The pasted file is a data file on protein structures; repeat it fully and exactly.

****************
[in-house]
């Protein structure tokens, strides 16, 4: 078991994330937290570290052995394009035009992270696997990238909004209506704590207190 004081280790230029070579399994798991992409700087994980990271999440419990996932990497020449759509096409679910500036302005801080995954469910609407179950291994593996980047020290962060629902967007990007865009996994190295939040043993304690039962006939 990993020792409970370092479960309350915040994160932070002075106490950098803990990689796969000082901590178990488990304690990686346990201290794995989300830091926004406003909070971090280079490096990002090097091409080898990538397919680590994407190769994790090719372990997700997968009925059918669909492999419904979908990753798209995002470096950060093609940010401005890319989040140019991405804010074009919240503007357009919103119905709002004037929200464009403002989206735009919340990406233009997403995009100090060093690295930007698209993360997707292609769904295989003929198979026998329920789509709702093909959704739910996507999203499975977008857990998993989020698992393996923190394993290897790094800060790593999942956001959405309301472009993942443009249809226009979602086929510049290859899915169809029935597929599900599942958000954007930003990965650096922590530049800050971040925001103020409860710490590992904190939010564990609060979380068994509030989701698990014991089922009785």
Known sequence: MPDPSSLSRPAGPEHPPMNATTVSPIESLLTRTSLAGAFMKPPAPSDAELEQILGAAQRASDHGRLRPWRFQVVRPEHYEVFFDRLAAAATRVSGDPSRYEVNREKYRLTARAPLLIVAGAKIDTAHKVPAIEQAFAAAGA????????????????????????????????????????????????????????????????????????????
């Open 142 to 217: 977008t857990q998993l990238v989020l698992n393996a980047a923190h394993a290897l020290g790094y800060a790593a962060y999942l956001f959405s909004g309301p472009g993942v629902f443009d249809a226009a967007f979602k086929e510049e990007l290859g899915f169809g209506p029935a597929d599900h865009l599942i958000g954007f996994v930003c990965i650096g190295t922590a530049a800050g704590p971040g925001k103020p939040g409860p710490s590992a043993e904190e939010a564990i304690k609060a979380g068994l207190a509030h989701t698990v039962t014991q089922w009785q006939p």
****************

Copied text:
[in-house]
């Protein structure tokens, strides 16, 4: 078991994330937290570290052995394009035009992270696997990238909004209506704590207190 004081280790230029070579399994798991992409700087994980990271999440419990996932990497020449759509096409679910500036302005801080995954469910609407179950291994593996980047020290962060629902967007990007865009996994190295939040043993304690039962006939 990993020792409970370092479960309350915040994160932070002075106490950098803990990689796969000082901590178990488990304690990686346990201290794995989300830091926004406003909070971090280079490096990002090097091409080898990538397919680590994407190769994790090719372990997700997968009925059918669909492999419904979908990753798209995002470096950060093609940010401005890319989040140019991405804010074009919240503007357009919103119905709002004037929200464009403002989206735009919340990406233009997403995009100090060093690295930007698209993360997707292609769904295989003929198979026998329920789509709702093909959704739910996507999203499975977008857990998993989020698992393996923190394993290897790094800060790593999942956001959405309301472009993942443009249809226009979602086929510049290859899915169809029935597929599900599942958000954007930003990965650096922590530049800050971040925001103020409860710490590992904190939010564990609060979380068994509030989701698990014991089922009785």
Known sequence: MPDPSSLSRPAGPEHPPMNATTVSPIESLLTRTSLAGAFMKPPAPSDAELEQILGAAQRASDHGRLRPWRFQVVRPEHYEVFFDRLAAAATRVSGDPSRYEVNREKYRLTARAPLLIVAGAKIDTAHKVPAIEQAFAAAGA????????????????????????????????????????????????????????????????????????????
């Open 142 to 217: 977008t857990q998993l990238v989020l698992n393996a980047a923190h394993a290897l020290g790094y800060a790593a962060y999942l956001f959405s909004g309301p472009g993942v629902f443009d249809a226009a967007f979602k086929e510049e990007l290859g899915f169809g209506p029935a597929d599900h865009l599942i958000g954007f996994v930003c990965i650096g190295t922590a530049a800050g704590p971040g925001k103020p939040g409860p710490s590992a043993e904190e939010a564990i304690k609060a979380g068994l207190a509030h989701t698990v039962t014991q089922w009785q006939p």